Kaylena Ehgoetz Martens

Assistant Professor

Photo of Kaylena

Contact

Office: BMH 1054

Phone: 519-888-4567, ext. 37615

Email: kaehgoet@uwaterloo.ca

Research interests

Broadly, I am interested in how the brain controls movement and how this process fails with disease. My research combines movement kinematics, functional neuroimaging, psychophysiology and cognitive neuroscience to uncover the neural basis of gait and cognitive-emotional interactions in health and disease. In particular, I aim to (i) investigate the complex interactions between cognition, emotion, gait and balance; (ii) leverage the complexity of gait control to expose subclinical predictors of aging and neurodegeneration for translation to clinical practice, and (iii) combine gait with innovative technologies, such as virtual reality and mobile recording devices, to catalyze early diagnosis, prevent gait disturbances and falls, and preserve mobility throughout the lifespan. This information can lead to improved strategies to better assess and manage gait disturbances and falls in older adults and individuals at risk and/or suffering from neurodegenerative diseases.

Graduate supervision and student opportunities

  • Research volunteer
  • Undergraduate thesis
  • MSc thesis
  • Coursework interns
  • PhD thesis
  • Postdoctoral Fellowship
  • Research assistant/coordinator

Please email me to discuss current available opportunities.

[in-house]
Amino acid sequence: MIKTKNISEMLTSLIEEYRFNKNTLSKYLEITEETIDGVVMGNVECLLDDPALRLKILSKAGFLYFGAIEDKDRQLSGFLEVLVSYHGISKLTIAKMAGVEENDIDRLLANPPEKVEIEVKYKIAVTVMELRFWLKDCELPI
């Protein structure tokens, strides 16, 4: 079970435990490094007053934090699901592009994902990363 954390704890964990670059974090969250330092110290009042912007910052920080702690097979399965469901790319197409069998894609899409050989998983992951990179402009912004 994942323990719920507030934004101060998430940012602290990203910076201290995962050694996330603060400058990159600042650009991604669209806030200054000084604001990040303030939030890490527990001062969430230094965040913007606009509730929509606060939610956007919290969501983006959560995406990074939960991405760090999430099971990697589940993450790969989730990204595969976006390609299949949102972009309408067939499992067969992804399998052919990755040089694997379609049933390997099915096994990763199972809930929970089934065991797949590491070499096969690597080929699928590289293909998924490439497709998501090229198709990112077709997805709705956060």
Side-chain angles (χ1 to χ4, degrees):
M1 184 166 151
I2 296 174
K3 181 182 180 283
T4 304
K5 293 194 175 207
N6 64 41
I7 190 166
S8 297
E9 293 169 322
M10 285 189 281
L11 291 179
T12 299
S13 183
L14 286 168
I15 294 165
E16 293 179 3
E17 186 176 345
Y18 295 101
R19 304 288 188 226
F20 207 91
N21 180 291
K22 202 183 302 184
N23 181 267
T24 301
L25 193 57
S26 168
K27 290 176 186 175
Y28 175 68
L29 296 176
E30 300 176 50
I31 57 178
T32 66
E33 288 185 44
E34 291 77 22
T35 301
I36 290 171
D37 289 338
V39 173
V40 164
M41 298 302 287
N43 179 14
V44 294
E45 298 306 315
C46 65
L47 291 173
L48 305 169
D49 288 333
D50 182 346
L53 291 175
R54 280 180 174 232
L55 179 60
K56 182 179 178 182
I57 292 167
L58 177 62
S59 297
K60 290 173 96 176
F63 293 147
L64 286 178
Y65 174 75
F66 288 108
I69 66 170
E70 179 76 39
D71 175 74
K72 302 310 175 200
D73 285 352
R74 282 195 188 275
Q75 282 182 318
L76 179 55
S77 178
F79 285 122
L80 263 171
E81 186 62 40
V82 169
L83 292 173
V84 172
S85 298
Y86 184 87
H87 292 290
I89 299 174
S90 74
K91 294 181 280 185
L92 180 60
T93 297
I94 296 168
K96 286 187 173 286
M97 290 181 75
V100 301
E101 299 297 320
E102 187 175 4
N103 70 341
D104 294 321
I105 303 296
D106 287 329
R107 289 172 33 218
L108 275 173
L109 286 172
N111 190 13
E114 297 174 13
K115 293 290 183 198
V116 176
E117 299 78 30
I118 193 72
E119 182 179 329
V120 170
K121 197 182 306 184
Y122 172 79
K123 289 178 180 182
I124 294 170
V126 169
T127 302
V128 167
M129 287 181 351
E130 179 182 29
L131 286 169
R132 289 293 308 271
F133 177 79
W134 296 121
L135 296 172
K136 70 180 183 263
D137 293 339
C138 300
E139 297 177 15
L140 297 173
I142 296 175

Graduate studies application details

Teaching, expertise, tools and technologies

  • Aging and neurodegeneration
  • Movement disorders
  • Gait kinematics
  • Neuropsychology and neurocognitive assessment
  • Mood, emotion and cognition
  • Fear, threat, anxiety and depression
  • Virtual reality

Courses

  • KIN 470: Topics in Neurodegeneration

Education

BSc Kinesiology & Physical Education, Wilfrid Laurier University 

MA Psychology, University of Waterloo 

PhD Cognitive Neuroscience, University of Waterloo 

Postdoctoral fellow, Medicine, Brain and Mind Centre, University of Sydney, Australia 

Selected publications

See Google Scholar for full list of publications.

Ehgoetz Martens, K.A., Matar, E., Phillips, J.R., Hall, J.M., Szeto, Y.Y., Gouelle, A., Grunstein, R., Halliday, G., Lewis, S.J.G. (2019). Subtle gait and balance impairments occur in idiopathic REM sleep behaviour disorder. Movement Disorders.

Shine, J.M., Bell, P.T., Ehgoetz Martens, K.A., Shine, R., Koyejo, O., Sporns, O., Poldrack, R.A. The low dimensional integrative core of cognition in the human brain. Nature Neuroscience. 2019 Jun; 22(6):1036.

Ehgoetz Martens, K.A., Hall, J.M., Georgiades, M.J., Gilat, M., Walton, C.C., Matar, E., Lewis, S.J.G. and Shine, J.M. (2018). The functional network signature of heterogeneity in freezing of gait. Brain. 141(4):1145-1160.

Ehgoetz Martens, K.A., Silveira, C.R.A., Intzandt, B.N., Almeida, Q.J. Levels of anxiety in Parkinson’s disease: The influence on single and dual task walking. J Neuropsychiatry Clin Neurosci. 2018 Winter;30(1):77-80.

Ehgoetz Martens, K.A., Lukasik, E., Georgiades, M.J., Gilat, M., Hall, J.M., Walton, C.C., Lewis, S.J.G. (2018) Predicting the onset of freezing of gait in Parkinson’s disease: a longitudinal study. Movement Disorders, 33(1):128-135. 

Ehgoetz Martens, K.A., Shine, J.M., Walton, C.C., Georgiades, M.J., Gilat, M., Hall, J.M., and Lewis, S.J.G. Evidence for subtypes of Freezing of gait in Parkinson’s disease. Movement Disorders. 2018 Jul. 33(7):1174-1178.

Ehgoetz Martens, K.A., Ellard, C.G., Almeida, Q.J. (2014). Does anxiety cause freezing of gait in Parkinson’s disease. PLoS one, 9 (9):e106561.

Affiliation: 
University of Waterloo